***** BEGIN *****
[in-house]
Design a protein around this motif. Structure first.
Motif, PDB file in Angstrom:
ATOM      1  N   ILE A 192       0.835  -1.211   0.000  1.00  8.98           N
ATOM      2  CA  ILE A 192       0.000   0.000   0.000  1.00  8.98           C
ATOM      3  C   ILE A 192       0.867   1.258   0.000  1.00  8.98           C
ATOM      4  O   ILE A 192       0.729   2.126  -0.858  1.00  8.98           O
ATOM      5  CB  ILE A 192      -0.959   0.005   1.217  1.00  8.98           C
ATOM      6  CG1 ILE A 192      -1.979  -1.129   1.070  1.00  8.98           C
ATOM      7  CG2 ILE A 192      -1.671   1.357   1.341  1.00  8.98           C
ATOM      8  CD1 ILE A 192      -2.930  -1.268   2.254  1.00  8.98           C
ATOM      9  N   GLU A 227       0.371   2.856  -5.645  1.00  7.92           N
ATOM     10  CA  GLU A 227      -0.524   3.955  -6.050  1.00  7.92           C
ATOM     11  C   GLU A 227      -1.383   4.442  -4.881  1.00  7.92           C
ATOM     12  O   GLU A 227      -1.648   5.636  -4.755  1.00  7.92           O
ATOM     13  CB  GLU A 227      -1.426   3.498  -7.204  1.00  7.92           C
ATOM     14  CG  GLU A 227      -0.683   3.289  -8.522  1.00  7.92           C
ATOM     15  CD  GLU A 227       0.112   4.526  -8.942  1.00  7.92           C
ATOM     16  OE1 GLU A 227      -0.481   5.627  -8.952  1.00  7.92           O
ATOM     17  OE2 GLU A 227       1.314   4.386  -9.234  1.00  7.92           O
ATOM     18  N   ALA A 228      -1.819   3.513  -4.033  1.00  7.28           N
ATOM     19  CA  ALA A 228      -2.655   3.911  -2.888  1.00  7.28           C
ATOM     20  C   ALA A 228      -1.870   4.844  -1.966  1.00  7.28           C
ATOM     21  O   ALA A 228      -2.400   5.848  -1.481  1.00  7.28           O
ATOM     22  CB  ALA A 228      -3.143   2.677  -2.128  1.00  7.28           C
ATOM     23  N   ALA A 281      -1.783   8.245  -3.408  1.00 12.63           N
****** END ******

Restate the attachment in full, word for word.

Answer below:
[in-house]
Design a protein around this motif. Structure first.
Motif, PDB file in Angstrom:
ATOM      1  N   ILE A 192       0.835  -1.211   0.000  1.00  8.98           N
ATOM      2  CA  ILE A 192       0.000   0.000   0.000  1.00  8.98           C
ATOM      3  C   ILE A 192       0.867   1.258   0.000  1.00  8.98           C
ATOM      4  O   ILE A 192       0.729   2.126  -0.858  1.00  8.98           O
ATOM      5  CB  ILE A 192      -0.959   0.005   1.217  1.00  8.98           C
ATOM      6  CG1 ILE A 192      -1.979  -1.129   1.070  1.00  8.98           C
ATOM      7  CG2 ILE A 192      -1.671   1.357   1.341  1.00  8.98           C
ATOM      8  CD1 ILE A 192      -2.930  -1.268   2.254  1.00  8.98           C
ATOM      9  N   GLU A 227       0.371   2.856  -5.645  1.00  7.92           N
ATOM     10  CA  GLU A 227      -0.524   3.955  -6.050  1.00  7.92           C
ATOM     11  C   GLU A 227      -1.383   4.442  -4.881  1.00  7.92           C
ATOM     12  O   GLU A 227      -1.648   5.636  -4.755  1.00  7.92           O
ATOM     13  CB  GLU A 227      -1.426   3.498  -7.204  1.00  7.92           C
ATOM     14  CG  GLU A 227      -0.683   3.289  -8.522  1.00  7.92           C
ATOM     15  CD  GLU A 227       0.112   4.526  -8.942  1.00  7.92           C
ATOM     16  OE1 GLU A 227      -0.481   5.627  -8.952  1.00  7.92           O
ATOM     17  OE2 GLU A 227       1.314   4.386  -9.234  1.00  7.92           O
ATOM     18  N   ALA A 228      -1.819   3.513  -4.033  1.00  7.28           N
ATOM     19  CA  ALA A 228      -2.655   3.911  -2.888  1.00  7.28           C
ATOM     20  C   ALA A 228      -1.870   4.844  -1.966  1.00  7.28           C
ATOM     21  O   ALA A 228      -2.400   5.848  -1.481  1.00  7.28           O
ATOM     22  CB  ALA A 228      -3.143   2.677  -2.128  1.00  7.28           C
ATOM     23  N   ALA A 281      -1.783   8.245  -3.408  1.00 12.63           N